Let’s Stop Glamorizing Courage
One of my favorite moments from the movie, Rocky III takes place on the steps of the Philadelphia Museum of Art. The scene showcases Rocky Balboa, played by Sylvester Stallone, standing triumphantly on the top stair overlooking a panoramic view of the City of Brotherly Love. The orchestra swells and the lyrics to “Gonna Fly Now” belt in the background as Balboa celebrates this pivotal moment of mastery and personal achievement. The moment is powerful, glamorous and the perfect anthem to an epic comeback story. If you’re like me, it is easy to get swept away by the poignant cinematography and the symbolic power shot of Rocky cresting again at the top of his game. Truth is, that winning moment in Rocky’s life would never have happened without the very visible and seemingly insurmountable defeat that preceded it.
Contemporary discourse about leadership reminds me of the dizzying and dangerous effects of glamorizing the pinnacle aftermath of courage.
Here’s the truth: There is no courage without crisis. There is no progress without pain. There is no comeback story without chaos. There are no pinnacle moments without the pit places and seasons of despair, disappointment, and dejection.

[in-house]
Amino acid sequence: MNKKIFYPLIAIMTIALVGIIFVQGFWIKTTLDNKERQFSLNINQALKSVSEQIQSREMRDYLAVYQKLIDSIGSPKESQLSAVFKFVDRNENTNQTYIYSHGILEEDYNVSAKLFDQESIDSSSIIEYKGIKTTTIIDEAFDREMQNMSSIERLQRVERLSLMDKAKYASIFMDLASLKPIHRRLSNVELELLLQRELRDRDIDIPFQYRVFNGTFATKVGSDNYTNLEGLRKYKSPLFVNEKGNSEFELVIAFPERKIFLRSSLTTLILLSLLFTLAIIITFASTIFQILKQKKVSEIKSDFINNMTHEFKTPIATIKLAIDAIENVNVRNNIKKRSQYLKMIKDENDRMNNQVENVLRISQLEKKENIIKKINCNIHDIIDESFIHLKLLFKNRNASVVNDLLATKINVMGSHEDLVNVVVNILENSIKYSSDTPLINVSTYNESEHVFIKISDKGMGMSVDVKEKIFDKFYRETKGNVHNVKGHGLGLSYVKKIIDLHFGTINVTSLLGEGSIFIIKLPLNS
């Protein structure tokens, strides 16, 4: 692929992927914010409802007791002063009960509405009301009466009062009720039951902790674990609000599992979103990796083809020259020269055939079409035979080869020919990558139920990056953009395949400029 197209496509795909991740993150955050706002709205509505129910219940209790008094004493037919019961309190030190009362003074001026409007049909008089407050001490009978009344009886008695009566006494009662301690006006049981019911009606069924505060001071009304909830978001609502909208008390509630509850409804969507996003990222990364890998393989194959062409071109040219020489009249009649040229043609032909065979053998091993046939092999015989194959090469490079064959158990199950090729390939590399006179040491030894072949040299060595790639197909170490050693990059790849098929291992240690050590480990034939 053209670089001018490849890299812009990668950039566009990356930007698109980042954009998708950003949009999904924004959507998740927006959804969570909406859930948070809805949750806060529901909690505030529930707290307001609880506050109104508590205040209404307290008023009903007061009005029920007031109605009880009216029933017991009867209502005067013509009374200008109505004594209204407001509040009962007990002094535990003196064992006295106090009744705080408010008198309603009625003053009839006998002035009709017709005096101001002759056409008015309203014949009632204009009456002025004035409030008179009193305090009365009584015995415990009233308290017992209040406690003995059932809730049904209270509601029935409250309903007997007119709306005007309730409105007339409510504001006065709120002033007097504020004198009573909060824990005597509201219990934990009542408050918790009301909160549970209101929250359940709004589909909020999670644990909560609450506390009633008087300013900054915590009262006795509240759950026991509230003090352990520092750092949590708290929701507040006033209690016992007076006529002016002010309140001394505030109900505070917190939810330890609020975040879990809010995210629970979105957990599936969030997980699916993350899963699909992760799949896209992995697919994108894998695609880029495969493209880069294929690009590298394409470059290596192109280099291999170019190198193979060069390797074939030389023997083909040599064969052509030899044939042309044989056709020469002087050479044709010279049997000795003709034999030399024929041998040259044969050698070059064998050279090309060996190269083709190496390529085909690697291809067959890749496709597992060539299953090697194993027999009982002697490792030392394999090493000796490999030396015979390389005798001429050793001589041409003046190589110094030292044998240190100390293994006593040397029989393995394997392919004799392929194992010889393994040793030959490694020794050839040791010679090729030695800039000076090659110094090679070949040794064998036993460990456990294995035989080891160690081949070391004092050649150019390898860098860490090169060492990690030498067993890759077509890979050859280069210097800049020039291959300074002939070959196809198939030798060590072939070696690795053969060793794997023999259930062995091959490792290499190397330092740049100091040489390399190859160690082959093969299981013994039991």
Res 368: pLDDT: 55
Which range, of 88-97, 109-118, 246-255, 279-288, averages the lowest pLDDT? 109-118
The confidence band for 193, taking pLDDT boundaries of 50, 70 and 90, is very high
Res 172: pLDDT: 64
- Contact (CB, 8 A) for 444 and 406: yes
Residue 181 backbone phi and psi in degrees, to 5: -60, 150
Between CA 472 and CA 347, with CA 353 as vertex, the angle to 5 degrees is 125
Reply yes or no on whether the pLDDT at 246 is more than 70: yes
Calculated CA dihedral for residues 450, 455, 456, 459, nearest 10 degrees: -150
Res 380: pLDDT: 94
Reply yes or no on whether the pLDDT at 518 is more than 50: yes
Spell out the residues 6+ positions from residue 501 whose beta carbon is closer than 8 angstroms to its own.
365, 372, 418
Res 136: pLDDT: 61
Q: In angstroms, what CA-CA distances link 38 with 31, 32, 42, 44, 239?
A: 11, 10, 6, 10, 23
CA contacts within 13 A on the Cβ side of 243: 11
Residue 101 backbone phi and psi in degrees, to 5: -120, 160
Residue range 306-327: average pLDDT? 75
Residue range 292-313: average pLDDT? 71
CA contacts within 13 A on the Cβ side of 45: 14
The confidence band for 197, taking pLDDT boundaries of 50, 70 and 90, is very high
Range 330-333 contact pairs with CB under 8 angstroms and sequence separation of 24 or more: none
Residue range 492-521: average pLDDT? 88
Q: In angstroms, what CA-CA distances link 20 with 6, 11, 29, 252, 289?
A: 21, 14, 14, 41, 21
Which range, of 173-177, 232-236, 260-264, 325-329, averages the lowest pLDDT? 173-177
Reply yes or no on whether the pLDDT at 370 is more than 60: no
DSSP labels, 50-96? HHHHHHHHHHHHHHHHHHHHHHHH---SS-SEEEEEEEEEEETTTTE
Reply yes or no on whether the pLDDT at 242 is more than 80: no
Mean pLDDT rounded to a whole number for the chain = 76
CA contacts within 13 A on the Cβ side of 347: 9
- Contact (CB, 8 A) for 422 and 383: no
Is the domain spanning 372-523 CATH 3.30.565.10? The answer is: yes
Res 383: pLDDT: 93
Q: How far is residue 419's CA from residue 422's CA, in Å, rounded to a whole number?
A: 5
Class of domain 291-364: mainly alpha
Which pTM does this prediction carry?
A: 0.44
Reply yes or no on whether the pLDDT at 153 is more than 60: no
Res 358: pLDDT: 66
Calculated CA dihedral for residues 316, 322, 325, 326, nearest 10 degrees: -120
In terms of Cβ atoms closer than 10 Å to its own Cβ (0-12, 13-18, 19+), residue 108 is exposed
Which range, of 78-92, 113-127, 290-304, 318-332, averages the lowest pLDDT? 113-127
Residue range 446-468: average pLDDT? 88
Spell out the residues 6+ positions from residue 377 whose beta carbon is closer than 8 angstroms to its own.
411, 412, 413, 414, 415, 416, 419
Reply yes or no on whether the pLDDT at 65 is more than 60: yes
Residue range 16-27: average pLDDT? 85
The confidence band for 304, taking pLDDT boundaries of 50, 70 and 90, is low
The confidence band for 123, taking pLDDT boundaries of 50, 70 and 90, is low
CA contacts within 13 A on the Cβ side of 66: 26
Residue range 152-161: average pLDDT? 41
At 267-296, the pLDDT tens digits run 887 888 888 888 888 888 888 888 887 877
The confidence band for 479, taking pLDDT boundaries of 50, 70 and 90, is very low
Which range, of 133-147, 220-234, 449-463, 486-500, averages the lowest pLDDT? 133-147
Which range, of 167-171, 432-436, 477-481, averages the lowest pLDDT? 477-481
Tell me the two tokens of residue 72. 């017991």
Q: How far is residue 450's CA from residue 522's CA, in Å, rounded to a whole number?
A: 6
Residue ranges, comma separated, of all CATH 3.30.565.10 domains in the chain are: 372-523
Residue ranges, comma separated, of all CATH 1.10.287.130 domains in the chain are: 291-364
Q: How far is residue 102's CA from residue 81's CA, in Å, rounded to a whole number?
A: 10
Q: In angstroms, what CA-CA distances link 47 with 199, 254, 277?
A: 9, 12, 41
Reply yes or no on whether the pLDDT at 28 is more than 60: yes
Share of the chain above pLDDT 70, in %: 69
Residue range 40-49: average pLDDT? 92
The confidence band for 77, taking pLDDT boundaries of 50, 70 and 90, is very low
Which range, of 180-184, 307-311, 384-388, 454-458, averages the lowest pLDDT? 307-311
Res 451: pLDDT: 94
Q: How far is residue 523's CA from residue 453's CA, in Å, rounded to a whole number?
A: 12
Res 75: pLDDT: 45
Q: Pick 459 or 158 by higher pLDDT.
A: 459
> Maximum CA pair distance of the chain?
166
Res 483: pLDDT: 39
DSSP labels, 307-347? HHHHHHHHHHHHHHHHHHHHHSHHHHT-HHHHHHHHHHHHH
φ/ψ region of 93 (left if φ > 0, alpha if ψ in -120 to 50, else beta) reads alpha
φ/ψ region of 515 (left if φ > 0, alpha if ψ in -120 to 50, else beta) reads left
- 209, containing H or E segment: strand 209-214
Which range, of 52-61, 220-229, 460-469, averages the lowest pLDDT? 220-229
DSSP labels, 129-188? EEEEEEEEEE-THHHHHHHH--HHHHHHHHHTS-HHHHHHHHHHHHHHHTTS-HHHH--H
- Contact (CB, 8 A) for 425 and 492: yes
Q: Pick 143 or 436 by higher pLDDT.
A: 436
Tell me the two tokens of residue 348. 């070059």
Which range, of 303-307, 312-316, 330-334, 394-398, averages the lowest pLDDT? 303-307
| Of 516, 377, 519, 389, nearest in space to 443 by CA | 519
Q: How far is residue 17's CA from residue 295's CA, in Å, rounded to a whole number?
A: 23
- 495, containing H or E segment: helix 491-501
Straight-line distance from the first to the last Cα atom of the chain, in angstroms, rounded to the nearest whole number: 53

Emerging scholarship in soulful leadership and emotional intelligence continue to revamp outmoded paradigms of what it means to lead well and courageously. Thought leaders like Dr. Gaurav Bhalla and Daniel Goleman remind us that courage is less about the winning outcome and more about holistically embracing the pain, process, and progress that led to the series of courageous acts and the ultimate win.
Some of our best ideas, leadership acumen, and power moves emerge out of our broken places. Some of our greatest opportunities for social impact arise from our professional and personal seasons of woe and travail.
If courage is a hallmark tenet of exceptional leadership, leaders must have and create spaces to authentically unpack the painful seasons and spaces of leadership that demand courageous thought and action. According to Harvard Business Review, “Courage doesn’t imply absence of fear. Being courageous is acting in the midst of being scared to death and attracting colleagueship for support in the process.” Courage requires vulnerability because the mantle of leadership gets heavy.
Movements like ATHENA International reflect the widespread movement of industries and sectors to examine how to infuse soulful leadership, emotional intelligence, and mindful well-being into the discourse of courageous leadership. We must create spaces that normalize conversations about both the pit and the pinnacle places of leadership if we are to advance leadership longevity, talent retention, and the tenet of courage.